Your threshing shall reach to the vintage, and the vintage shall reach to the sowing time; and you shall eat your bread to the full, and dwell secure in your land.
You shall chase your enemies, and they shall fall before you by the sword. Five of you shall pursue a hundred, and a hundred of you shall put ten thousand to flight . . .
For I will turn My face to you. I will make you fruitful and multiply you, and establish My covenant with you . . .
I will place My dwelling amongst you; and My soul shall not abhor you. I will walk among you; I will be your G‑d, and you shall be My people.
I am the L‑rd your G‑d who brought you out from the land of Egypt, from being their slaves; I have broken the bars of your yoke, and made you walk upright.
Then comes the tochachah (“rebuke” or “punishment”)—a harshly detailed prediction of what will befall the people of Israel when they turn away from G‑d:
But if you will not hearken to Me, and will not do all these commands; if you shall despise My statutes, if your soul shall abhor my laws, so that you will not do all My commandments, and break My covenant,
I also will do this to you; I will appoint over you terror, consumption and fever, that shall consume the eyes, and cause sorrow of heart . . .
I will set My face against you, and you shall be slain before your enemies; they that hate you shall reign over you, and you shall flee when none pursues you . . .
I will make your skies like iron, and your earth like brass. Your strength shall be spent in vain, for your land shall not yield her produce, neither shall the trees of the land yield their fruit . . .
And so it goes—more than thirty verses filled with every catastrophe imaginable, predicting every calamity destined to befall our people in the course of our history because we “walk casually” with G‑d:
I will remember My covenant with Jacob. Also My covenant with Isaac, also My covenant with Abraham will I remember; and I will remember the land . . .
Despite all, the people of Israel shall forever remain G‑d’s people:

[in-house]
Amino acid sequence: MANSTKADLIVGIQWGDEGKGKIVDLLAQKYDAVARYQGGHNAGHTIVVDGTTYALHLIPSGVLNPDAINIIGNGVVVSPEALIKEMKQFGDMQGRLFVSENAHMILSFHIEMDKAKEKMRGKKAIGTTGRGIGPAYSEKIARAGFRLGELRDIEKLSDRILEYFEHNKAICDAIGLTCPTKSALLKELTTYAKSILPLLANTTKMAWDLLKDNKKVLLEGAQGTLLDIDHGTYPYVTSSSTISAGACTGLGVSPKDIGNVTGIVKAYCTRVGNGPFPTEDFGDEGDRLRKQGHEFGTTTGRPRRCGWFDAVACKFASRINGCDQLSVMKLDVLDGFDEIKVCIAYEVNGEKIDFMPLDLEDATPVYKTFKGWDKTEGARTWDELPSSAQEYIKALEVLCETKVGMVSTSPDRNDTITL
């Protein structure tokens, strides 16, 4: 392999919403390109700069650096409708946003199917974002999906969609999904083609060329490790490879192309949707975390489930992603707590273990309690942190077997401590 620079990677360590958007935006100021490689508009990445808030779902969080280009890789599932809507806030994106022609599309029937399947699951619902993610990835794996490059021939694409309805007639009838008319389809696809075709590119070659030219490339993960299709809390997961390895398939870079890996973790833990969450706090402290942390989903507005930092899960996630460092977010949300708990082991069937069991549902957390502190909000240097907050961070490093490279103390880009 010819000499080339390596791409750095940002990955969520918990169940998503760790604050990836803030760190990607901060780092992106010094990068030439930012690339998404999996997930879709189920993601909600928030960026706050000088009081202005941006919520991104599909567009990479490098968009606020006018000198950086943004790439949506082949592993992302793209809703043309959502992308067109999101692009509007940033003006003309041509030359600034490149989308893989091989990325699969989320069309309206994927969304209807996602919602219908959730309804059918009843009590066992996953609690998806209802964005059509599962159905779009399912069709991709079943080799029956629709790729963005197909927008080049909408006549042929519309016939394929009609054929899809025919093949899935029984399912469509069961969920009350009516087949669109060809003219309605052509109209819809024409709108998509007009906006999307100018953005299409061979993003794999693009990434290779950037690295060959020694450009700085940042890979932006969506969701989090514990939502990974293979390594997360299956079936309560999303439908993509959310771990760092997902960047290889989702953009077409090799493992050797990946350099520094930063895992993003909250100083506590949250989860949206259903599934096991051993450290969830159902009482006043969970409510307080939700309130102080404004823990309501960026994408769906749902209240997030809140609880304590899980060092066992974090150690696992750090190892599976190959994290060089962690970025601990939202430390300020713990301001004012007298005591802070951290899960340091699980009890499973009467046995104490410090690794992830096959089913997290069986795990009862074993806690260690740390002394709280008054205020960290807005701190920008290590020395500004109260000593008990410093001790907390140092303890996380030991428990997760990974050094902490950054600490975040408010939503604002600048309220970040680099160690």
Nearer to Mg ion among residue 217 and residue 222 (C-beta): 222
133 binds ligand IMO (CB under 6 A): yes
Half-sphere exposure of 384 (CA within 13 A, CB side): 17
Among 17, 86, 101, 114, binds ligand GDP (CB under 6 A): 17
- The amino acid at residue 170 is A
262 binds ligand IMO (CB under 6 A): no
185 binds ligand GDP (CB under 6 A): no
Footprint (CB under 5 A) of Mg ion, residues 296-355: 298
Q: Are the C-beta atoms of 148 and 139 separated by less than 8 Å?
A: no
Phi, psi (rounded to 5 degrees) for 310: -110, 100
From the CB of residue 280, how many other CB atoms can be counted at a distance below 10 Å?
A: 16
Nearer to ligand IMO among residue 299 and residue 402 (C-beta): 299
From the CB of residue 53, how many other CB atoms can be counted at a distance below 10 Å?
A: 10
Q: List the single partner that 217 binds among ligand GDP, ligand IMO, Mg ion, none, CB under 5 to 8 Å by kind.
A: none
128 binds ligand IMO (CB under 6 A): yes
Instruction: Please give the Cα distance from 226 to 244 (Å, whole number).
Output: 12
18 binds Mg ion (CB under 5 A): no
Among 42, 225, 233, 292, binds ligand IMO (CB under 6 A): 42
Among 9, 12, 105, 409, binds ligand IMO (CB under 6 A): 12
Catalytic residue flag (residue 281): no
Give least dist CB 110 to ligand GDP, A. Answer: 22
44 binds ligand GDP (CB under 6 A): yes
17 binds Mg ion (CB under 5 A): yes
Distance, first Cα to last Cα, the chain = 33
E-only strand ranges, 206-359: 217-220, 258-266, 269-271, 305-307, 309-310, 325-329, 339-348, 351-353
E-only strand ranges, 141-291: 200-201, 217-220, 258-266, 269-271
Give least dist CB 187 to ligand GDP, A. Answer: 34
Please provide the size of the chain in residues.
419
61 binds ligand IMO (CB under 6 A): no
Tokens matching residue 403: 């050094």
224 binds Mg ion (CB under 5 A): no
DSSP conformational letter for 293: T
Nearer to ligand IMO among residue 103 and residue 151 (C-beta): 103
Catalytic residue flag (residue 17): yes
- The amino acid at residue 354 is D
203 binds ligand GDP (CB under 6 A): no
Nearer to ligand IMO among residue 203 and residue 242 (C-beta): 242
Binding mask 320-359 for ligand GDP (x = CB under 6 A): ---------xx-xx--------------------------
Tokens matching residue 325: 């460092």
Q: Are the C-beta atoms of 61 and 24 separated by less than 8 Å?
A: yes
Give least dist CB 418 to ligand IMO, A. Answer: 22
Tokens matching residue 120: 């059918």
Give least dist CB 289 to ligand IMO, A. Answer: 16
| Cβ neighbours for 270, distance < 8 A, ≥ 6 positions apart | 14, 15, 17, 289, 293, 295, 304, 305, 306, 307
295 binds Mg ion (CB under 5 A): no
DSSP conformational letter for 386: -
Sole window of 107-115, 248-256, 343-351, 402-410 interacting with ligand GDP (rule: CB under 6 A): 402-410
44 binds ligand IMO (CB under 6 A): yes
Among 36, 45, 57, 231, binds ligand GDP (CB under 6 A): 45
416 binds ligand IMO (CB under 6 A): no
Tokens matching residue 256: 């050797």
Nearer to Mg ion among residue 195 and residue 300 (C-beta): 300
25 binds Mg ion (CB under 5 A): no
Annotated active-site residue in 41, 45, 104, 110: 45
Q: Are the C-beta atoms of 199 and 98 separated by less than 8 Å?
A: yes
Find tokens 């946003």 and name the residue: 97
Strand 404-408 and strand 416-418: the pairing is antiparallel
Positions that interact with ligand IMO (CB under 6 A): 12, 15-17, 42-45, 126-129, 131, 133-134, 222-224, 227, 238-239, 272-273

Even when they are in the land of their enemies, I will not cast them away; nor will I ever abhor them, to destroy them and to break My covenant with them; for I am the L‑rd their G‑d.
Values and Appraisals
The second part of Bechukotai legislates the laws of erachin (“values” or “appraisals”)—the manner by which to calculate the values of different types of pledges made to G‑d.
If a person is pledged (i.e., a person declares “I pledge my value to G‑d” or “I pledge this person’s value”), the Torah sets a fixed sum, based on the age and sex of the pledged person and ranging from 3 to 50 shekels, which is seen to represent that pledged person’s monetary “value.” This amount is given to the treasury of the Holy Temple by the one who made the pledge.
If a kosher, unblemished animal is pledged to G‑d, it is brought as an offering in the Holy Temple. “He shall not exchange it nor substitute another for it, be it a good for a bad, or a bad for a good; and if he shall at all exchange beast for beast, then it and its substitute shall both be holy.”
Other objects (such as a nonkosher animal or a house) are given to the Temple treasury to be sold, or else they are redeemed by their pledger for their assessed market value plus 20%.
A pledged field goes to the Temple treasury until the Jubilee year (see above), at which time it goes to the kohen (priest). A person wishing to redeem his pledged field is assessed not according to the field’s market value, but by the Torah’s own criteria: 50 shekel per beit chomer (an area equivalent to slightly less than four acres). This amount is to be deducted in accordance with how many years remain until the Jubilee year (e.g., if only 20 years remain until the Jubilee, than the value per beit chomer is 20 shekels). The 20% addition also applies.
“These are the commandments,” our Parshah concludes and closes the book of Leviticus, “which G‑d commanded to Moses for the children of Israel on Mount Sinai.”